Litigation: Litigating over social media data

The new burdens associated with the rise of social media data may be a rude awakening to some in-house counsel and compliance officers.

If you have recently been involved with civil litigation, you know that defense costs are driven in large part by discovery requirements. Within the discovery process, the largest expenditure of resources often results from e-discovery. E-discovery involves the collection, review and production of forms of electronically stored information that may be relevant to the litigation, such as e-mail, spreadsheets, documents, PDFs, etc. The Federal Rules of Civil Procedure were amended in 2006 to formally account for the use of electronic forms of communication and data in the discovery process by codifying that civil litigants were entitled to discovery of electronically stored information.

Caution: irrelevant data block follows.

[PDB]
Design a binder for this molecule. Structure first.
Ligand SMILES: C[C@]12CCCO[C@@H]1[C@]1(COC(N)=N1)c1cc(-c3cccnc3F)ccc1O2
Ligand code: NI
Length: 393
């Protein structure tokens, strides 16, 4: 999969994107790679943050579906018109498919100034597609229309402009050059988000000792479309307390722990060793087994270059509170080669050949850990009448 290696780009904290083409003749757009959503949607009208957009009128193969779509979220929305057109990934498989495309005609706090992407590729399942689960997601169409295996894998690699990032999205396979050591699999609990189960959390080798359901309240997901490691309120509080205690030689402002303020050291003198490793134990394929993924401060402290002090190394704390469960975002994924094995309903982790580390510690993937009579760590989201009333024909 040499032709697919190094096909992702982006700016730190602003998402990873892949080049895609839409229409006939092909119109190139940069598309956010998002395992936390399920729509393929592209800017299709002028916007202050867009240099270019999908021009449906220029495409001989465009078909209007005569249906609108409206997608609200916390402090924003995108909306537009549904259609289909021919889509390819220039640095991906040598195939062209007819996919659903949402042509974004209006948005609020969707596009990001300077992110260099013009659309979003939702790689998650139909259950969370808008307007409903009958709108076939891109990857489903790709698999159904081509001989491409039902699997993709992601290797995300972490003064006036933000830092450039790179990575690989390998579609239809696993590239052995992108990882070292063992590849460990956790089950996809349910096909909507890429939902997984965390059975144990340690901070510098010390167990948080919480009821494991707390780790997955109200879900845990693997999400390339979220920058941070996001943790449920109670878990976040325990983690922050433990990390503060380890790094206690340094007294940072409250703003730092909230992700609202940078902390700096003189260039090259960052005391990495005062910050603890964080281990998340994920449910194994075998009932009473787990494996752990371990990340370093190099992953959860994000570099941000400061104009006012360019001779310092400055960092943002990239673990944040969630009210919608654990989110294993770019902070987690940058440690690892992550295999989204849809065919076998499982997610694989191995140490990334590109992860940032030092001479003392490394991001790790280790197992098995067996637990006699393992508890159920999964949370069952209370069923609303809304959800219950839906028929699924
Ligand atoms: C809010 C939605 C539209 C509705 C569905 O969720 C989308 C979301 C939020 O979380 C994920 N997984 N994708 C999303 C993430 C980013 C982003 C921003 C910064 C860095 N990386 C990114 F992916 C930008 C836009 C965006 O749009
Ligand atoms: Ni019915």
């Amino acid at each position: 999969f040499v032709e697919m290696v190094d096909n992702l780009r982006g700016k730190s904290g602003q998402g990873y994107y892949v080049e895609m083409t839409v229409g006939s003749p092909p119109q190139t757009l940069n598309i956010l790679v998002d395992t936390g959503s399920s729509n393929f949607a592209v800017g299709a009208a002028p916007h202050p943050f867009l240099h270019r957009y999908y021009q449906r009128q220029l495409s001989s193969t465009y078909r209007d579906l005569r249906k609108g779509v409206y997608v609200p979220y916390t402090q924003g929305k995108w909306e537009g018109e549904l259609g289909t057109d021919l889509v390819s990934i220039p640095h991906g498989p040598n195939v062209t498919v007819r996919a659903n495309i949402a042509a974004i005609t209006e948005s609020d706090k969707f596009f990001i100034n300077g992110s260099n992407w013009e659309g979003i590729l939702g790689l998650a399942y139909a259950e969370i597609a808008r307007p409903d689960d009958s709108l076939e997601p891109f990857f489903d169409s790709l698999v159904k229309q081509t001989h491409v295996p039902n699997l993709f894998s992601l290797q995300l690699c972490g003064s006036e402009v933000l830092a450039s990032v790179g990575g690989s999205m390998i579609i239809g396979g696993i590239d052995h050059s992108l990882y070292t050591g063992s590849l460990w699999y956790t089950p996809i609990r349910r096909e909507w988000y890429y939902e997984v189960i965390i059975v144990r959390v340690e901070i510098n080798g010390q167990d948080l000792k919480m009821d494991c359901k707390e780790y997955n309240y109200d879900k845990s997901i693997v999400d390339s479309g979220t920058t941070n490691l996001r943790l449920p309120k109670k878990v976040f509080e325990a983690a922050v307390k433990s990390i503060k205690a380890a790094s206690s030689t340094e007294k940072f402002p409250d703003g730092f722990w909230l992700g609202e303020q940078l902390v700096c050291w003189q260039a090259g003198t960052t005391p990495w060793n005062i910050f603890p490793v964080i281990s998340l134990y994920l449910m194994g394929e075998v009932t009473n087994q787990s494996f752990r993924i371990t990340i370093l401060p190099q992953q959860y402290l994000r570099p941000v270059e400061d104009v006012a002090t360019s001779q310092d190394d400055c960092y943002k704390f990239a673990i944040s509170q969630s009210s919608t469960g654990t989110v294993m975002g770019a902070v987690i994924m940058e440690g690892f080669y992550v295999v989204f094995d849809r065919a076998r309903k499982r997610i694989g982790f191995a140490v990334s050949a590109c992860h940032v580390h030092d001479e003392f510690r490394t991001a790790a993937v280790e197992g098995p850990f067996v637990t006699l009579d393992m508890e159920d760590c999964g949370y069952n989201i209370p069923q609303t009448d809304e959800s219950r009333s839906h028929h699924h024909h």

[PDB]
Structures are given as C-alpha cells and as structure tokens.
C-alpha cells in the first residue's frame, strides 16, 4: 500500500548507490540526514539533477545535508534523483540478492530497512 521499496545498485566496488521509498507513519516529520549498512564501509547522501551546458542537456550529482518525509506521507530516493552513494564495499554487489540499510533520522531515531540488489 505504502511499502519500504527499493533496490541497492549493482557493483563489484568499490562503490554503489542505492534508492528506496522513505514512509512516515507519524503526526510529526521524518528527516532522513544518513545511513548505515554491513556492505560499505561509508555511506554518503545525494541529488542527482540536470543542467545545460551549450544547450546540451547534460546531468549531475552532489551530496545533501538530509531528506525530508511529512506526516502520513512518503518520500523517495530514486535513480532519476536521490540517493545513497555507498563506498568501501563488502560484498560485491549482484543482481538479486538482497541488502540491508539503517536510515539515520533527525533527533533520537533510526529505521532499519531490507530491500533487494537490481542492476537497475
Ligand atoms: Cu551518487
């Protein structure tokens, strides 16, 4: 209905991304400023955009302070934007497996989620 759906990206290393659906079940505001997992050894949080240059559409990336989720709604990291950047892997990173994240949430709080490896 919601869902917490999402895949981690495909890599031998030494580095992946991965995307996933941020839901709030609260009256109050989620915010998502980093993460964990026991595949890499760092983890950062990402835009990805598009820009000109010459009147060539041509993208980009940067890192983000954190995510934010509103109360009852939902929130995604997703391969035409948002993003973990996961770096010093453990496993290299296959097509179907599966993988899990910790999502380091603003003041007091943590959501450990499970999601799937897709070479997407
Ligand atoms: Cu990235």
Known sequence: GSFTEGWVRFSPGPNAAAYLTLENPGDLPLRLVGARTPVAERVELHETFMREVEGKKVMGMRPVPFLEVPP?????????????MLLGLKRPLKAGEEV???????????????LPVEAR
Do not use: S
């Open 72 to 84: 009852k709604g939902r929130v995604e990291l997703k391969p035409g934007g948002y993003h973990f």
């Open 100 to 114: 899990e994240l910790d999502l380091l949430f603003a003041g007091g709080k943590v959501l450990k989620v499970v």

Since 2006, companies have increased their reliance on electronic forms of communication. In the last five years, another new form of electronic communication has emerged in many parts of corporate America: social media such as Facebook and Twitter. These new methods of electronic communication not only alter the way companies deliver their message to the public, but they also raise new challenges in the litigation process. They will undoubtedly result in increased litigation burdens for companies that chose to conduct business through this new medium.


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Jamie Fleckner

Jamie Fleckner is a partner in Goodwin Procter’s Litigation Department and heads the firm’s ERISA Litigation Practice. He can be reached at

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